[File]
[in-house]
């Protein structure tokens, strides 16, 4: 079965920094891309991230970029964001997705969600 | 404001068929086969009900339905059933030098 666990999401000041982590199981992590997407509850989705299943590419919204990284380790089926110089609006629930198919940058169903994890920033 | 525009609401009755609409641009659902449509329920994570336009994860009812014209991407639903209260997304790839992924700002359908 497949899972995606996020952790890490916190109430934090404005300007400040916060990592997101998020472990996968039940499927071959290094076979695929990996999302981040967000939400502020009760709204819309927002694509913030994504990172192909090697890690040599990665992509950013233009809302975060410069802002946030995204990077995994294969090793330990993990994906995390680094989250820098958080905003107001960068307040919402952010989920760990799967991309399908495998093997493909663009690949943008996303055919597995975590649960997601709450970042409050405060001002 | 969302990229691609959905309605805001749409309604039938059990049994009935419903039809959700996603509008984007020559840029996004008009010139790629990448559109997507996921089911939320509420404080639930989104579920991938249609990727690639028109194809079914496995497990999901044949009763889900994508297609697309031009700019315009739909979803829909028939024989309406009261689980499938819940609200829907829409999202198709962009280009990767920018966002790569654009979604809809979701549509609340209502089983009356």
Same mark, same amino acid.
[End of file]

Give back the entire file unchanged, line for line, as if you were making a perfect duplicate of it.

[in-house]
């Protein structure tokens, strides 16, 4: 079965920094891309991230970029964001997705969600 | 404001068929086969009900339905059933030098 666990999401000041982590199981992590997407509850989705299943590419919204990284380790089926110089609006629930198919940058169903994890920033 | 525009609401009755609409641009659902449509329920994570336009994860009812014209991407639903209260997304790839992924700002359908 497949899972995606996020952790890490916190109430934090404005300007400040916060990592997101998020472990996968039940499927071959290094076979695929990996999302981040967000939400502020009760709204819309927002694509913030994504990172192909090697890690040599990665992509950013233009809302975060410069802002946030995204990077995994294969090793330990993990994906995390680094989250820098958080905003107001960068307040919402952010989920760990799967991309399908495998093997493909663009690949943008996303055919597995975590649960997601709450970042409050405060001002 | 969302990229691609959905309605805001749409309604039938059990049994009935419903039809959700996603509008984007020559840029996004008009010139790629990448559109997507996921089911939320509420404080639930989104579920991938249609990727690639028109194809079914496995497990999901044949009763889900994508297609697309031009700019315009739909979803829909028939024989309406009261689980499938819940609200829907829409999202198709962009280009990767920018966002790569654009979604809809979701549509609340209502089983009356």
Same mark, same amino acid.